Alan Green

posted Feb 11, 2010, 4:22 AM by Dick Pountain
For me, like many others, I think it has only just begun to sink in just how Nina was woven into the texture of my life. I think that the warmth and deep humanity of her spirit had a particular aspect, which expressed itself in very vigorous and generous engagement with other people. She possessed an organizing and connecting impulse which meant that she infused herself into our lives and the connections between our lives; many of which,of course, she had created.
I'll come back to this, but I think it would not be right to leave Nina in a sort of warm, cosy haze. She was often not a comfortable person for those around her. Her originality and vitality meant that she was often challenging and disturbing; literally so when she wanted to get you out doing something! Nina was a true radical. I don't mean the adoption of a vague political position, but a total approach to life, to history, to the world of ideas. She was a radical in the true sense: going to the root of things and arriving at often surprising and provocative positions. She was also not satisfied with the world of ideas; her radicalism was deeply pragmatic, looking for applications of her ideas and then setting out to apply them; and to organize others into helping her.
I want to give two examples. Both had a major influence on me, but much more importantly they had a deep significance in UK politics at the time. They are both from the 1970s.
Like many in the mid-'70s I was confused and in something of a political limbo. After the extremism and craziness of the late '60s I had been given a crash course in real life by becoming involved in the Trade union movement, but could find no political framework to make sense of the clearly momentous political events taking place at the time. I had included here some comments about the sort of political ideas that were available then...but on an occasion like this I don't want to be too negative! I can't remember how I stumbled on a cheaply-produced booklet issued by the British & Irish Communist Organisation called ' The case for industrial democracy' - a booklet written by Nina it turned out. It was as if someone had turned on the light! Here was writing from a left perspective, using concepts of class, of power, of social and political development, but expressed clearly and eloquently. Above all it showed a firm grip on the practical possibilities in the current world, gave them a pithy theoretical context AND made concrete proposals for their realisation. Here's an odd thing. I think Nina's major contribution to the politics of her time was to strengthen and develop the tradition of radical reformism: but these writings were truly revolutionary.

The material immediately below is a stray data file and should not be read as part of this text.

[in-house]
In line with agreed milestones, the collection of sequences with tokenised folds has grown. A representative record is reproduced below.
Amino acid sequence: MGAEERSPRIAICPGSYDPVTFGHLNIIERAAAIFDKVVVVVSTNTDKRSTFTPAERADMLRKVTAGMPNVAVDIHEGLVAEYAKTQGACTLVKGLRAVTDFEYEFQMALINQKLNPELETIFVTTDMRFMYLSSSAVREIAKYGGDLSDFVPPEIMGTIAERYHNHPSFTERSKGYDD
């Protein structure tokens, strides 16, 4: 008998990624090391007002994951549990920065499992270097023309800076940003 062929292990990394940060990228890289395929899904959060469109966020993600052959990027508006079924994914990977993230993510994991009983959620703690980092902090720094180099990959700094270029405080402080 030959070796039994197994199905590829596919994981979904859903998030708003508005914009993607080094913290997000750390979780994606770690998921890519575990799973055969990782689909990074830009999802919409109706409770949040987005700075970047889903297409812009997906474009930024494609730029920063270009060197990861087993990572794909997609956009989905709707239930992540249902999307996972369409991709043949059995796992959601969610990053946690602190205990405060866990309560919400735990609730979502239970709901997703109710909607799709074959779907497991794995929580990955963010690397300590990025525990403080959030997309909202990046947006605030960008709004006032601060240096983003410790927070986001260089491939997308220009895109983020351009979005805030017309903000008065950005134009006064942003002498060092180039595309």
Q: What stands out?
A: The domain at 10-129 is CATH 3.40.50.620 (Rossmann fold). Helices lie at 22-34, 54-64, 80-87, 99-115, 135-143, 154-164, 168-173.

My second example finds a good few of us in despair in those same 1970's: in despair at the deeply reactionary and chauvinist position of the UK left on Europe and membership of the then-European Community. Nina's response was a classic piece of ' Don't weep, organize!'. She organised a group of us into the 'Campaign for a Socialist Europe' to engage in the battle of ideas over this key issue. I believe that Nina's organizing skills and her energy - which she went on to pour into other organizations focused on Europe - made a real contribution to the long, slow shift in the position of the left that took place in the 80s. Radical pragmatism again.
I'll end where I began.
Nina's promotion of friendships and working relationships was legendary. There are very many people who would not have worked together, campaigned together, discussed and argued together, eaten and drunk together, gone to the opera together, if it had not been for Nina. I think that it is in the relationships between us all that we find Nina's memorial. They will last as long as we do and always remind us of Nina; which will at the same time make her death easier to bear and much, much harder.